Established Proprietary Control Panel:
My first host back in the late nineties didn't have a control panel, basically you uploaded your files and paid with a credit card. My second host had their own control panel, and although it was useful, it lacked many features. When I finally started working with cPanel, I realized what I had been missing. The interface was intuitive and there was a wealth of information about it online. I'm not trying to single out cPanel as the only choice, because there are others just as good, Plesk for one. It's just that it is an important aspect to controlling your site.
Without a doubt a companies support infrastructure should be sound. When you are looking for answers you need to know that with an email someone will be there quickly to help. When I run into questions, my first choice is to look online, if I don't find the answer that I need, I go to the tech guys. It's a little bit embarrassing (actually it's a lot embarrassing) on my end to actually ask someone, but knowing that they are there is reassuring.
Pretty self-explanitory. Where it will affect you the most is if other clients on a shared server are banned for SPAM, or viruses. Because each client shares the same IP address, if they get banned, the IP gets banned and everyone else that shares the IP. A strong commitment to security is important, but if it's too strong a client will be denied some basic services like ssh. In the end, it falls back on the support system that they take measures fix any problems.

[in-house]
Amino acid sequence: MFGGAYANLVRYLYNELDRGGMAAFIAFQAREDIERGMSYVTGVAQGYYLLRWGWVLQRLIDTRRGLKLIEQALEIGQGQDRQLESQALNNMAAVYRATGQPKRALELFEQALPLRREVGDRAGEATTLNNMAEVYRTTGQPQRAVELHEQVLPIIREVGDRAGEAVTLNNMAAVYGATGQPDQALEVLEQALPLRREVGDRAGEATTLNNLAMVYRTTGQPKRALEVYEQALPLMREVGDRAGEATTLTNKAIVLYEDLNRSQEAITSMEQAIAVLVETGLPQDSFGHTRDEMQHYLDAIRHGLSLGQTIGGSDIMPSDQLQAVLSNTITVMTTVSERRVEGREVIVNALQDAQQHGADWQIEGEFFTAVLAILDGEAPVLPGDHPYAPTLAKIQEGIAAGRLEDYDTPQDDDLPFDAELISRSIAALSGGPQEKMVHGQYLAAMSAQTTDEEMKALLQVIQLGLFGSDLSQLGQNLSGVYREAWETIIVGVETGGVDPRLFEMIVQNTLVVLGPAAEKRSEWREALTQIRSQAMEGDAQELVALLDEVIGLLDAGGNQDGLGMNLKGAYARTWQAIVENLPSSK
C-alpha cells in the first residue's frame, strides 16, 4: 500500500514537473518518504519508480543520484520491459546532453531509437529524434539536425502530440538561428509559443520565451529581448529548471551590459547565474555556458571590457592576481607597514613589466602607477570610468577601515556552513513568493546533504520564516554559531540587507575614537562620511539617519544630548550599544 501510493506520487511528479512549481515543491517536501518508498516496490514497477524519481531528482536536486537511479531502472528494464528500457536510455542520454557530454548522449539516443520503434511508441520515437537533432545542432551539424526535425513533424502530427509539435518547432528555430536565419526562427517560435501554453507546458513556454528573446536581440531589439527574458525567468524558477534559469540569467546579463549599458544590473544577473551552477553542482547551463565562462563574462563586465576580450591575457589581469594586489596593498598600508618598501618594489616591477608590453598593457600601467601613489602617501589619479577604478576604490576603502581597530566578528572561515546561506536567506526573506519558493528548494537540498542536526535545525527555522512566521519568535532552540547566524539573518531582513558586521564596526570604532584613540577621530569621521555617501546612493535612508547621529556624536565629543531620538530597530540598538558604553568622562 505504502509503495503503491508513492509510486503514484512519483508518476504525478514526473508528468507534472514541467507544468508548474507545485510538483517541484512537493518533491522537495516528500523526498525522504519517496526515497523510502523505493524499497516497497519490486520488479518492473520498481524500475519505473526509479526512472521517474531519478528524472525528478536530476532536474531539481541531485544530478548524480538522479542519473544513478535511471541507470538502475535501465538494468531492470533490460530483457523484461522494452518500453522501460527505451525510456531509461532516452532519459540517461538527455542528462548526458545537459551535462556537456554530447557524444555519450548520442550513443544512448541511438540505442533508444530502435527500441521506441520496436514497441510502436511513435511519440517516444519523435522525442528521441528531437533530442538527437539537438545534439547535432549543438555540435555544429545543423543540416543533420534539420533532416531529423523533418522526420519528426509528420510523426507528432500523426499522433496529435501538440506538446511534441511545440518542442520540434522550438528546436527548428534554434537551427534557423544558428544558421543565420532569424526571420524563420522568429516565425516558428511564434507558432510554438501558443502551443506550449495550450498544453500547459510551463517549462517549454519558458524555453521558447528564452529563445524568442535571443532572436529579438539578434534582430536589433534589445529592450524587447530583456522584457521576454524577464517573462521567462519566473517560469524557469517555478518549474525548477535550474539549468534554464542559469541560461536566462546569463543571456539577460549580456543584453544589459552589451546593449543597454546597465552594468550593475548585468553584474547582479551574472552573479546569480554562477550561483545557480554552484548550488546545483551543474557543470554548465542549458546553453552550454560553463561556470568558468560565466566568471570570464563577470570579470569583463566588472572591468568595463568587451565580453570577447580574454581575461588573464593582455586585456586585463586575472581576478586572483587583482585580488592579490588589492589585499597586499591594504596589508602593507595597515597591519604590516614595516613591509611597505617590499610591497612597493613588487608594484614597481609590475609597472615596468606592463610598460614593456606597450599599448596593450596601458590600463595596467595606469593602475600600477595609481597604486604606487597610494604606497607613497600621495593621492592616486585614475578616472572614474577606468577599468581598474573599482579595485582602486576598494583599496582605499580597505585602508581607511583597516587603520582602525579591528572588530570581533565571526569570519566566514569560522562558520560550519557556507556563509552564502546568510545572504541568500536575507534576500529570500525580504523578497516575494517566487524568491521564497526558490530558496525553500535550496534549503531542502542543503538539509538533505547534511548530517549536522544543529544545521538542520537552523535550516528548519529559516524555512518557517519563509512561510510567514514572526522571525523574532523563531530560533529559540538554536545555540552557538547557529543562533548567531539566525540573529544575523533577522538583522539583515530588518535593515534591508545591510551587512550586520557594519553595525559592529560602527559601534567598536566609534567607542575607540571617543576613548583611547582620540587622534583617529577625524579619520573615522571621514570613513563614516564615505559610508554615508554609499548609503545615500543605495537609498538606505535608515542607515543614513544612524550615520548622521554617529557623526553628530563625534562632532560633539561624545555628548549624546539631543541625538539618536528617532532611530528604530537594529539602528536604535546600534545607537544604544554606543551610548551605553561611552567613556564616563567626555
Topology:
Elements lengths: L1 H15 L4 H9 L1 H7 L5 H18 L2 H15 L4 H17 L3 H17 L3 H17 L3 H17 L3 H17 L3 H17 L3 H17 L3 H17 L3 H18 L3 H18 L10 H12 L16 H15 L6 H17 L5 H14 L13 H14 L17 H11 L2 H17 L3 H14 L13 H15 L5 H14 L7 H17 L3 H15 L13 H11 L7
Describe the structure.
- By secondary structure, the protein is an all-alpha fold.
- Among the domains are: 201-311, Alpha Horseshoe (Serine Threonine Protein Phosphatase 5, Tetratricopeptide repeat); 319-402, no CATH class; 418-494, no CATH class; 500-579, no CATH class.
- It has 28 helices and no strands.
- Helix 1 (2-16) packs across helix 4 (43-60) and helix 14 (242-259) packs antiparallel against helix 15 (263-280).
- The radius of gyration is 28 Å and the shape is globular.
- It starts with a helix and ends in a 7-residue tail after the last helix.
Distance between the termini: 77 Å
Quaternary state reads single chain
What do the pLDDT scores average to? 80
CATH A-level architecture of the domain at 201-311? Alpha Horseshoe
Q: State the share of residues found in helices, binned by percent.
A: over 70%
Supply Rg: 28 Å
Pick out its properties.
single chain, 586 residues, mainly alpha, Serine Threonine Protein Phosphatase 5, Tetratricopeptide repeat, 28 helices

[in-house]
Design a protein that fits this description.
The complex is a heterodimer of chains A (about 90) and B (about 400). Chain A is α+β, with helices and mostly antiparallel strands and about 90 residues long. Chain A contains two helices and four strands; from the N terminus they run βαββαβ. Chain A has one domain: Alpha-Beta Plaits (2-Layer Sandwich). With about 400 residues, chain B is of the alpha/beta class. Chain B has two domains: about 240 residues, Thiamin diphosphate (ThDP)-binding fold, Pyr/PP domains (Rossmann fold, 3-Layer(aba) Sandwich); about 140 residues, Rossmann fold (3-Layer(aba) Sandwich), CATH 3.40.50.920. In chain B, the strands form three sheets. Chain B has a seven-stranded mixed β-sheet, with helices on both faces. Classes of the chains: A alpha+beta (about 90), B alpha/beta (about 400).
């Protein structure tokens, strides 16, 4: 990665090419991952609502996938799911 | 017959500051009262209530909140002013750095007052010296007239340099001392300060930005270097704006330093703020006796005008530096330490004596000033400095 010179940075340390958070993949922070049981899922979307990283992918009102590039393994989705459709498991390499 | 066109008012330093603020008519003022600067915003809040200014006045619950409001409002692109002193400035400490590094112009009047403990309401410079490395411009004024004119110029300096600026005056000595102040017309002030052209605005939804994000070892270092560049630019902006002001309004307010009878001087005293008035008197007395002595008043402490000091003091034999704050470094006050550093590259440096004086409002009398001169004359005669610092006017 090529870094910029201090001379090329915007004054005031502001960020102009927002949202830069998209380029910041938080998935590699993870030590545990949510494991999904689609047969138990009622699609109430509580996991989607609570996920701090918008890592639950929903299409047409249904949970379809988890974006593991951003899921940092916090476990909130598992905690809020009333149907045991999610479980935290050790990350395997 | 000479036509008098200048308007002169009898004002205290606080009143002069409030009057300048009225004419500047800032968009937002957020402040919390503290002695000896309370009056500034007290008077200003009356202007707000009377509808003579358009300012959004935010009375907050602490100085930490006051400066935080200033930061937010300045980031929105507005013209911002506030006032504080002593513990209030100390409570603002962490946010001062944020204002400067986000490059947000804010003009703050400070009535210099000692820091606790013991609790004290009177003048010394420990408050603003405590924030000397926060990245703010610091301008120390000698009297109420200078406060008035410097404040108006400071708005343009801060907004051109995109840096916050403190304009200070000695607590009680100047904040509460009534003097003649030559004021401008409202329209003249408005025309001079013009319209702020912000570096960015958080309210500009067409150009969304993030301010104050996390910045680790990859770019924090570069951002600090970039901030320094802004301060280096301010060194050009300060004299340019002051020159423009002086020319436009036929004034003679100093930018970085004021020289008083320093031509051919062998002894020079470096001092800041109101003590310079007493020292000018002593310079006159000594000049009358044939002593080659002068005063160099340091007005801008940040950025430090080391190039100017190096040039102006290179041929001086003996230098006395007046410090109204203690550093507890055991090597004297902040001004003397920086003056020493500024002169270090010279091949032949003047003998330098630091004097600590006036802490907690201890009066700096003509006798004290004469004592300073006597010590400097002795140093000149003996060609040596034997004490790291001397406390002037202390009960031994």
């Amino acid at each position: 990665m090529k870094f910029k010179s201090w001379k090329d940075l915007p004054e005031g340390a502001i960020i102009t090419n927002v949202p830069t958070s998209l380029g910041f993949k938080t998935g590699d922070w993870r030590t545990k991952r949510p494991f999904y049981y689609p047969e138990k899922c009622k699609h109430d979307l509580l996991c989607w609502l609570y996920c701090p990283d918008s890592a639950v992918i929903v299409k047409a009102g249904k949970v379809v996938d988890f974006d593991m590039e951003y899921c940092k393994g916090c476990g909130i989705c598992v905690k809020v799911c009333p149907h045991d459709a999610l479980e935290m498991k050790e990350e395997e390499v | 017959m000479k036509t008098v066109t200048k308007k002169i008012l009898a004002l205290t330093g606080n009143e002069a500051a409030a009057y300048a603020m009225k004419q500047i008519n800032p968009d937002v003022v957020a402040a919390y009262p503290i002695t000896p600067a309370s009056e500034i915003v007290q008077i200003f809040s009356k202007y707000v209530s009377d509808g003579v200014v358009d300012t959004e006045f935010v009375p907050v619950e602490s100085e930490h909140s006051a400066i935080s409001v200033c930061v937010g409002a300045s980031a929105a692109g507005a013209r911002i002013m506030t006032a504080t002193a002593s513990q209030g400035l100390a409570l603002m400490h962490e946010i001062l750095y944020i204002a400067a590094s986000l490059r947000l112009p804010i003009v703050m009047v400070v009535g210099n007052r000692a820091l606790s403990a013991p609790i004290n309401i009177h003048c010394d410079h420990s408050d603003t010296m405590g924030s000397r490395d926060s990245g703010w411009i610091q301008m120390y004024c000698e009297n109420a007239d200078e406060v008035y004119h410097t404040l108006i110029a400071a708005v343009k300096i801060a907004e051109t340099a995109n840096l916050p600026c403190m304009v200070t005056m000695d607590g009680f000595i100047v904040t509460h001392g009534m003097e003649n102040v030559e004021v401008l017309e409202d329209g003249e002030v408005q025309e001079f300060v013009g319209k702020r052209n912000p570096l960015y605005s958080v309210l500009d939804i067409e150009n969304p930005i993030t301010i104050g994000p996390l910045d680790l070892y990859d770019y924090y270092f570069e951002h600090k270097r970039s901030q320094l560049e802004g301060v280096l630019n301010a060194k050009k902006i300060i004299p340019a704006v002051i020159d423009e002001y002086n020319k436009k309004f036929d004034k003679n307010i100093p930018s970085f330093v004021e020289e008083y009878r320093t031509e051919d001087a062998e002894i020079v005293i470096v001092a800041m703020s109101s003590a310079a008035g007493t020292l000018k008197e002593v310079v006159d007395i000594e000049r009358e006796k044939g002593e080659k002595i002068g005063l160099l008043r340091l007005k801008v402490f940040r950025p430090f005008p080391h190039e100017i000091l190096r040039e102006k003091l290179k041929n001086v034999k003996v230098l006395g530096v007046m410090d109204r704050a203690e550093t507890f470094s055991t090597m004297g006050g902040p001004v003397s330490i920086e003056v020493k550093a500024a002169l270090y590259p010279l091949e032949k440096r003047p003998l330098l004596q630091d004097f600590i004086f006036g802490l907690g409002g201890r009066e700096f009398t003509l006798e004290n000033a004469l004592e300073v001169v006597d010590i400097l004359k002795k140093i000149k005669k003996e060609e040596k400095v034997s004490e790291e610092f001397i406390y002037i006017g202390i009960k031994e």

There's a lot that can be said about features, whether it's a discussion about how many e-mail accounts you need, to whether you need File Transfer Protocol (ftp) access. That being stated, you don't want to be limited when you need the features. Right now you may only need one e-mail account, but in a years time, you may need 200, and most of us won't know what we will need in the future. More features are always better.
It's sometimes difficult to know how much space you're going to need, my experience is you always need less that what you expect. This is based on the average designer, using standard practices of compressing images, and keeping the account file uncluttered. To give you an example of how much space you may need, a typical personal web site is less than 10MB. A standard business site can range from 10MB to about 100MB.
Freedom to Learn:
An important aspect to maintaining a Web site is the ability to try different things. For example, you may start your personal site as a static Web site, and later decide that you want to have a blog, but you don't know which one would be the best choice. A good host will allow you the ability to create a new database, install the blog, and then configure it. Maybe you want to test several different blogs before you decide. The "blog" in the example could be replaced with a "shopping cart" or "faq system" regardless of what the item is, you need to be able to experiment.